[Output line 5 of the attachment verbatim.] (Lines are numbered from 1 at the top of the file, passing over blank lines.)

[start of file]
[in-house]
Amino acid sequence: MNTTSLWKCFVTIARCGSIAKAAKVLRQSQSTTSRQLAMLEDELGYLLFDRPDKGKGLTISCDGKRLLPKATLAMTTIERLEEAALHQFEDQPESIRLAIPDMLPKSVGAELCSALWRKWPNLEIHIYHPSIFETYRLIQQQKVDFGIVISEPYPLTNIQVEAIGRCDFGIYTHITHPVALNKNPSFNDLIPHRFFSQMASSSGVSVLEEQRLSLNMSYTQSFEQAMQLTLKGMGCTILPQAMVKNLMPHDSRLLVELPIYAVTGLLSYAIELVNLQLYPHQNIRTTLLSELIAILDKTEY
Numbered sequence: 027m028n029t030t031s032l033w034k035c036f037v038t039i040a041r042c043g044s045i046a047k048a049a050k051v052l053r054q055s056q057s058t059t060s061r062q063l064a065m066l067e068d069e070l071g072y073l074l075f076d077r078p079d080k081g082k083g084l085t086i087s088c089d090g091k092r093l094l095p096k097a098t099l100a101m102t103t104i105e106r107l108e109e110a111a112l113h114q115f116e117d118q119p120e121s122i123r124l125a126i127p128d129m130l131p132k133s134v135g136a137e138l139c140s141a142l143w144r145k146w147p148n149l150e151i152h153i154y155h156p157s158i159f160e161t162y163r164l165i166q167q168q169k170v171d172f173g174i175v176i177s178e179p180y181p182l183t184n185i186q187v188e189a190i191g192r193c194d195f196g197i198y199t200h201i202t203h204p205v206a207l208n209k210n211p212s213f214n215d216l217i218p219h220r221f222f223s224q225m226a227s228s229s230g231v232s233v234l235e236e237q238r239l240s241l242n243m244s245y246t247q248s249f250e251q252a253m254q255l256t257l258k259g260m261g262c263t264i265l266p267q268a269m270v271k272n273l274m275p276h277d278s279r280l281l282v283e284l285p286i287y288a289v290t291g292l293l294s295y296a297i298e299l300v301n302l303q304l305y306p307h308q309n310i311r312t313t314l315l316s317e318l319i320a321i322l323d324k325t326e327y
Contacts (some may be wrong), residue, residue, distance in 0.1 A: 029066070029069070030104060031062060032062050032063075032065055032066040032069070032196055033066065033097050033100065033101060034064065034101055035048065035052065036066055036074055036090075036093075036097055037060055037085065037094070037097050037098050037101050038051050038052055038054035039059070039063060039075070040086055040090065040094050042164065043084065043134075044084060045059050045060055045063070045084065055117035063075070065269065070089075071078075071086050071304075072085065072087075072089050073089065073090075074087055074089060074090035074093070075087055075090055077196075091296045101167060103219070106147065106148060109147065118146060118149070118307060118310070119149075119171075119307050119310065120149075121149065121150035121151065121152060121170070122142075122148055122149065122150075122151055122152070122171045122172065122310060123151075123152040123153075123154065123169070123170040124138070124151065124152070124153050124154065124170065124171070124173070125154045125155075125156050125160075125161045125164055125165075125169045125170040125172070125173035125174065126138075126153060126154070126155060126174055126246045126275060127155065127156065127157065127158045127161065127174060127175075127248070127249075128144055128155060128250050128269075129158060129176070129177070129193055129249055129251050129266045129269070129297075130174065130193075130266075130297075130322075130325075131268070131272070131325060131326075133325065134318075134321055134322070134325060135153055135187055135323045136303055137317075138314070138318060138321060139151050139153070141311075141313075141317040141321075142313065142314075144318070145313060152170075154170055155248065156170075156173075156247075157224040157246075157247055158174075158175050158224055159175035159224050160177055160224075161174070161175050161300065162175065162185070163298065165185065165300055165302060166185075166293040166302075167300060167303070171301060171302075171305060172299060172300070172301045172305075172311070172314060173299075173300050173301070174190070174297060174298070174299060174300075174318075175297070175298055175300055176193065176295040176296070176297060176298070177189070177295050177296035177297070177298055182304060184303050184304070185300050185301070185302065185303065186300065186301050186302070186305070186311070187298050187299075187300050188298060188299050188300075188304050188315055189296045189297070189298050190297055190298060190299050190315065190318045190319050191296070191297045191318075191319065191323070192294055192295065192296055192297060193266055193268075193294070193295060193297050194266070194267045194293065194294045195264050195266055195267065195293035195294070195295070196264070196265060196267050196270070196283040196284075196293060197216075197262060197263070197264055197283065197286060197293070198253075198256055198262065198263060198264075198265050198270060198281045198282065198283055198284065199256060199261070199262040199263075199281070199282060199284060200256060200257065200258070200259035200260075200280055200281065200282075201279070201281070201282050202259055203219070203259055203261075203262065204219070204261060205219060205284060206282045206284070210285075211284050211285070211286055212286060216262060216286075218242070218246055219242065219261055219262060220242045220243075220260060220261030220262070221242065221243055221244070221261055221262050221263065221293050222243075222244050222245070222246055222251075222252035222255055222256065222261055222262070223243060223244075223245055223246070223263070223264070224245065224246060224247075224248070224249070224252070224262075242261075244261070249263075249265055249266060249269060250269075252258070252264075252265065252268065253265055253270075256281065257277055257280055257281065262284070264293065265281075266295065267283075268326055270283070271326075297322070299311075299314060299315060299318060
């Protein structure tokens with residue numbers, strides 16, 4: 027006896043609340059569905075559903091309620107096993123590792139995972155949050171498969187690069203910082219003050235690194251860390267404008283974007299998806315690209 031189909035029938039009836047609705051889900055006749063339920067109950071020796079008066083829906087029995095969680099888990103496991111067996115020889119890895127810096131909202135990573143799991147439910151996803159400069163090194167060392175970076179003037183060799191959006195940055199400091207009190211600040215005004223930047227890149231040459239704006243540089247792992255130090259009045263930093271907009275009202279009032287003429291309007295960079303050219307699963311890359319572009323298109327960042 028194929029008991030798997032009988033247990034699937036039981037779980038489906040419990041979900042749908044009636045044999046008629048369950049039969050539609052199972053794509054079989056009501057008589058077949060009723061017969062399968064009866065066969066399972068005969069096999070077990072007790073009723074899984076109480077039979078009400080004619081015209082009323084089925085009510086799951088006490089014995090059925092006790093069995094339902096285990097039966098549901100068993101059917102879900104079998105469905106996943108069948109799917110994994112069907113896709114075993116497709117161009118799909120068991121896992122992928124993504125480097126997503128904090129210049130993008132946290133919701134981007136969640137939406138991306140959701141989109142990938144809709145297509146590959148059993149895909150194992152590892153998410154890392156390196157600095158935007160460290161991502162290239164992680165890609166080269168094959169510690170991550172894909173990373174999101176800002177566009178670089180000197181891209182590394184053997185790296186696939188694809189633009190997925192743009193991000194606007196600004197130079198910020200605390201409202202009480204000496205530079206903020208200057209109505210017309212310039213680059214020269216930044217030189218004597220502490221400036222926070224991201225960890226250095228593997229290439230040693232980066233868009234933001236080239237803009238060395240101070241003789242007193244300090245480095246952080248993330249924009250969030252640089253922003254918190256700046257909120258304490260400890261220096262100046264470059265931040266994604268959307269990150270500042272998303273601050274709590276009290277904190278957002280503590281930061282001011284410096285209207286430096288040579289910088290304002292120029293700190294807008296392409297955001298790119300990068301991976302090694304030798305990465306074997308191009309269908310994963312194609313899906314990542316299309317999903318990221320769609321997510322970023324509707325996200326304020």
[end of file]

């Protein structure tokens with residue numbers, strides 16, 4: 027006896043609340059569905075559903091309620107096993123590792139995972155949050171498969187690069203910082219003050235690194251860390267404008283974007299998806315690209 031189909035029938039009836047609705051889900055006749063339920067109950071020796079008066083829906087029995095969680099888990103496991111067996115020889119890895127810096131909202135990573143799991147439910151996803159400069163090194167060392175970076179003037183060799191959006195940055199400091207009190211600040215005004223930047227890149231040459239704006243540089247792992255130090259009045263930093271907009275009202279009032287003429291309007295960079303050219307699963311890359319572009323298109327960042 028194929029008991030798997032009988033247990034699937036039981037779980038489906040419990041979900042749908044009636045044999046008629048369950049039969050539609052199972053794509054079989056009501057008589058077949060009723061017969062399968064009866065066969066399972068005969069096999070077990072007790073009723074899984076109480077039979078009400080004619081015209082009323084089925085009510086799951088006490089014995090059925092006790093069995094339902096285990097039966098549901100068993101059917102879900104079998105469905106996943108069948109799917110994994112069907113896709114075993116497709117161009118799909120068991121896992122992928124993504125480097126997503128904090129210049130993008132946290133919701134981007136969640137939406138991306140959701141989109142990938144809709145297509146590959148059993149895909150194992152590892153998410154890392156390196157600095158935007160460290161991502162290239164992680165890609166080269168094959169510690170991550172894909173990373174999101176800002177566009178670089180000197181891209182590394184053997185790296186696939188694809189633009190997925192743009193991000194606007196600004197130079198910020200605390201409202202009480204000496205530079206903020208200057209109505210017309212310039213680059214020269216930044217030189218004597220502490221400036222926070224991201225960890226250095228593997229290439230040693232980066233868009234933001236080239237803009238060395240101070241003789242007193244300090245480095246952080248993330249924009250969030252640089253922003254918190256700046257909120258304490260400890261220096262100046264470059265931040266994604268959307269990150270500042272998303273601050274709590276009290277904190278957002280503590281930061282001011284410096285209207286430096288040579289910088290304002292120029293700190294807008296392409297955001298790119300990068301991976302090694304030798305990465306074997308191009309269908310994963312194609313899906314990542316299309317999903318990221320769609321997510322970023324509707325996200326304020």